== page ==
Sunday, August 10, 2014

Visiting B.C (short story) 1/3 by Leanne Dyck

This short story was inspired by a trip I took with a boyfriend to BC. While there (here) we visited Capilano Suspension Bridge  I returned to Manitoba with a ring on my finger.

Photo:  circa 1950s my grandparents--with (possibly) your uncle photo bombing in the background and (possibly) your dog's great grandpa photo bombing in the foreground--on the Capilano Suspension Bridge. 

Visiting B.C. 1/3

The bus jerked to a stop, threw me out and I landed in a snow bank. Winter's icy fingers pinched my flesh—through, it didn't care how many, layers of clothes. My boots couldn't gain traction and so I skated from streetlight to streetlight until I slid into my apartment.

“Cold out?” my boyfriend, Floyd, greeted me with a kiss.


I slowly began to thaw as we watched T.V.

He waited for a commercial and then asked, “Would you like to go to--”

I would have gone anywhere with him.


I visualized green grass and heard Hawaiian music. “When?”

“You don't even have to think about it, eh?” Floyd smiled. “We'll spend Christmas with my folks.”

Days, hours, minutes dragged but finally it was time to pack.

“No, Lyndi, it'll be too cold for flip-flops and shorts. B.C. is still part of Canada. It's still winter.”

But I didn't pack my long underwear.

We left our city of snowflakes, flew over Saskatchewan and caught turbulence over Alberta. It felt like shooting rapids as one air current bounced us up and then another slammed us down. I loved every minute of it.

Side-by-side and hand-in-hand, Floyd and I walked from the corridor to the airport. The metal detector didn't kick up a fuss about me. But the same couldn't be said about Floyd. He unthreaded his belt from his pants. But the machine still wasn't pleased. He emptied his pockets--dimes, nickels, pennies. No change. The security guards surrounded him and I began to panic. How well did I know him? Was he a serial killer? Did he carry a gun? I bowed my head and offered a silent prayer for protection.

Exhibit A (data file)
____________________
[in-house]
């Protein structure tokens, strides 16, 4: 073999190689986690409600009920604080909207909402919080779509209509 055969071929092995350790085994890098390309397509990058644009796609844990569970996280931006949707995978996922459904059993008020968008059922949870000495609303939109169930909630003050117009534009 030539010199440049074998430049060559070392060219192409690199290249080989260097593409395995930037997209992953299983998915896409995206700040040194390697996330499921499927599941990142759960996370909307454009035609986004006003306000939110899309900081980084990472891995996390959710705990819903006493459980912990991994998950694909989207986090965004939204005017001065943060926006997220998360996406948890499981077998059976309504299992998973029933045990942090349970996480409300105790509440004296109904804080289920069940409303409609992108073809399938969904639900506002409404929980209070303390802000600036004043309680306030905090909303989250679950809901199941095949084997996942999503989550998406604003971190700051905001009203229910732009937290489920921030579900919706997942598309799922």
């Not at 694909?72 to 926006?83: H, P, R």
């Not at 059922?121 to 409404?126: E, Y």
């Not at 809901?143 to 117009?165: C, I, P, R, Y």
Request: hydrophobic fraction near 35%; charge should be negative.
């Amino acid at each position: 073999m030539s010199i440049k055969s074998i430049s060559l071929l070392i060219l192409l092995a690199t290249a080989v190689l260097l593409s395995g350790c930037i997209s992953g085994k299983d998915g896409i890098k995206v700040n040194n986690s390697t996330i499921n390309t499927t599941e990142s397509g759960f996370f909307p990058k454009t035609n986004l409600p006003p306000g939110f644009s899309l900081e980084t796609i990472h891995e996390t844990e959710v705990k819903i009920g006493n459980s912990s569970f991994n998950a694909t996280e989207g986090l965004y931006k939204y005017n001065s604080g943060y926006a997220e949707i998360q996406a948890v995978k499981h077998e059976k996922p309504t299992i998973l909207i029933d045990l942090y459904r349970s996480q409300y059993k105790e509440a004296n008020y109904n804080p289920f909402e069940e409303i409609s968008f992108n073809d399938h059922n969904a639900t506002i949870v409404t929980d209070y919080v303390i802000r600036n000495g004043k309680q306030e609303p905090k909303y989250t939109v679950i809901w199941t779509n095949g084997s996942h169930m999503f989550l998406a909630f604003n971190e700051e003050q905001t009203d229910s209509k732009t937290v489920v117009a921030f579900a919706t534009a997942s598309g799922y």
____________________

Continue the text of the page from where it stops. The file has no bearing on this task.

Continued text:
Laughter. One of the guards slapped Floyd on the back. And he was free.

"Have a romantic holiday," the guard called to me.

I thought that was a rather personal thing to call but just smiled. 

Floyd lead me away from the security area. "Where you worried?"

"Who? Me? Oh, no--not at all," I lied.

There was a woman with glasses and curly brunette hair standing beside the luggage carousel. Floyd steered us right toward her. "Hi, Mom." Floyd gave her a hug. "This is Lyndi."

"Welcome, Lyndi." She greeted me with a smile. "Have you been to B.C. before?"

"Yes, once when I was twelve, but never in the winter."

"Oh, well, you better bundle up. It's minus ten and raining."

"Mom, we just left minus thirty-five and snow. We'll be fine." Floyd's jacket remained folded over his arm.

As we walked through the parking lot, I felt a raindrop on my shoulder. What felt like five minutes later, one landed on an eyelash. 

"Liquid sunshine," Floyd said as we piled into the car. "At least I don't have to shovel it."

Sharing my author journey...

How long does it take to write a novel, a novella, a short story. Well, my track record is pretty good. I've written a short story in twenty minutes and woken up to one fully formed in my brain. But then there are others that require a little more time. My comment on one such story--that I completed writing last week...

Photo:  a kindhearted neighbour with a green thumb plucked these beauties out of her garden, arranged them in a vase and gave them to me. : ) 

This story was ripped out of a deep place close to my heart. Bringing it onto the page hurt. It took strength and left me exhausted. But now it's complete and I'm free and so proud.